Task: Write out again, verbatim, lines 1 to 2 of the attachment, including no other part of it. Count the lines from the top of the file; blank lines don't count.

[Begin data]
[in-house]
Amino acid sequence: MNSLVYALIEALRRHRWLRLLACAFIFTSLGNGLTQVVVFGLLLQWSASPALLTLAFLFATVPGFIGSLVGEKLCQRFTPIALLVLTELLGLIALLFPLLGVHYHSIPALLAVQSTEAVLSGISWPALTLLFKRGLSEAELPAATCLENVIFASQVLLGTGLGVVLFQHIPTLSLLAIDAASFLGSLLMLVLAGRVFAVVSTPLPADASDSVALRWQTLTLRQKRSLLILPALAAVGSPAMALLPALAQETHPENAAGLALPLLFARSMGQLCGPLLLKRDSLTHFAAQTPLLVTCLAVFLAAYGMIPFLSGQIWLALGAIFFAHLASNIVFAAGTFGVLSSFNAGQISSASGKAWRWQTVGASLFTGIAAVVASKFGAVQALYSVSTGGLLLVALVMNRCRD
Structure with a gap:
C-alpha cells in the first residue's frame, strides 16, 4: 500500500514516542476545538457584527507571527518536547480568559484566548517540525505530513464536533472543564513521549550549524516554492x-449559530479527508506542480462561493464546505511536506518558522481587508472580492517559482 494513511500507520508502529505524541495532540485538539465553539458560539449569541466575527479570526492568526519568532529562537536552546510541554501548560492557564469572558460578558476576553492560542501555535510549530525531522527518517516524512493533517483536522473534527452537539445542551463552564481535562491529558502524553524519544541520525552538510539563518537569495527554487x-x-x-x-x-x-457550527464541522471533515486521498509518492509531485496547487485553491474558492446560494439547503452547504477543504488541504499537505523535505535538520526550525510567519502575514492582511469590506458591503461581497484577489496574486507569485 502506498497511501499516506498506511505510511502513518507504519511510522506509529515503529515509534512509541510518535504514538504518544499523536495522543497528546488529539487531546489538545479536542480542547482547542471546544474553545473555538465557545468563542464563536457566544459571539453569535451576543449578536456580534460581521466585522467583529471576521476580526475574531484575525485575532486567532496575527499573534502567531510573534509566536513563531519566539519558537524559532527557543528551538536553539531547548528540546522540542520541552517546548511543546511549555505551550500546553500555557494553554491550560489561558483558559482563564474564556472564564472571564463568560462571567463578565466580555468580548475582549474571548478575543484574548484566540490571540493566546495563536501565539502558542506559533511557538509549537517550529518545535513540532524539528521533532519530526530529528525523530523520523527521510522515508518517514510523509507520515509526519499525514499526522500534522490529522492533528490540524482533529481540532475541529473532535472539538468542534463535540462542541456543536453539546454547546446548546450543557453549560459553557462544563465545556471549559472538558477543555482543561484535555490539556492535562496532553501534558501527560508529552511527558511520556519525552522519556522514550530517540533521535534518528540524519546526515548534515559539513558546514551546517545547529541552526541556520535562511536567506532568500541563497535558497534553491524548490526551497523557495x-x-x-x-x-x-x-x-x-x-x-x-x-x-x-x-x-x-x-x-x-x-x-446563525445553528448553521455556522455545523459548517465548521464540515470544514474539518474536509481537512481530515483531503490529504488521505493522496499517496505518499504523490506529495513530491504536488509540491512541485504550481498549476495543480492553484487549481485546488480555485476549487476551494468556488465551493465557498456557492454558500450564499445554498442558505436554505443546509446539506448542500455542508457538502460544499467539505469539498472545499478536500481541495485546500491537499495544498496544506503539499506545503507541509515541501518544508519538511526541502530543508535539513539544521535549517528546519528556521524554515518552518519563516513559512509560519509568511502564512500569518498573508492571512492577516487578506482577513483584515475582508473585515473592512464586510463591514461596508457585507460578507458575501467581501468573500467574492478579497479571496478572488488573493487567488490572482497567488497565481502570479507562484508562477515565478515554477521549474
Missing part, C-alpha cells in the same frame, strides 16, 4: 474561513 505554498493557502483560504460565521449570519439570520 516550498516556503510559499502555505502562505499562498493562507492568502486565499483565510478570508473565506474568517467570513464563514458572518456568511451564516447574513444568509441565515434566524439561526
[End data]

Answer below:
[in-house]
Amino acid sequence: MNSLVYALIEALRRHRWLRLLACAFIFTSLGNGLTQVVVFGLLLQWSASPALLTLAFLFATVPGFIGSLVGEKLCQRFTPIALLVLTELLGLIALLFPLLGVHYHSIPALLAVQSTEAVLSGISWPALTLLFKRGLSEAELPAATCLENVIFASQVLLGTGLGVVLFQHIPTLSLLAIDAASFLGSLLMLVLAGRVFAVVSTPLPADASDSVALRWQTLTLRQKRSLLILPALAAVGSPAMALLPALAQETHPENAAGLALPLLFARSMGQLCGPLLLKRDSLTHFAAQTPLLVTCLAVFLAAYGMIPFLSGQIWLALGAIFFAHLASNIVFAAGTFGVLSSFNAGQISSASGKAWRWQTVGASLFTGIAAVVASKFGAVQALYSVSTGGLLLVALVMNRCRD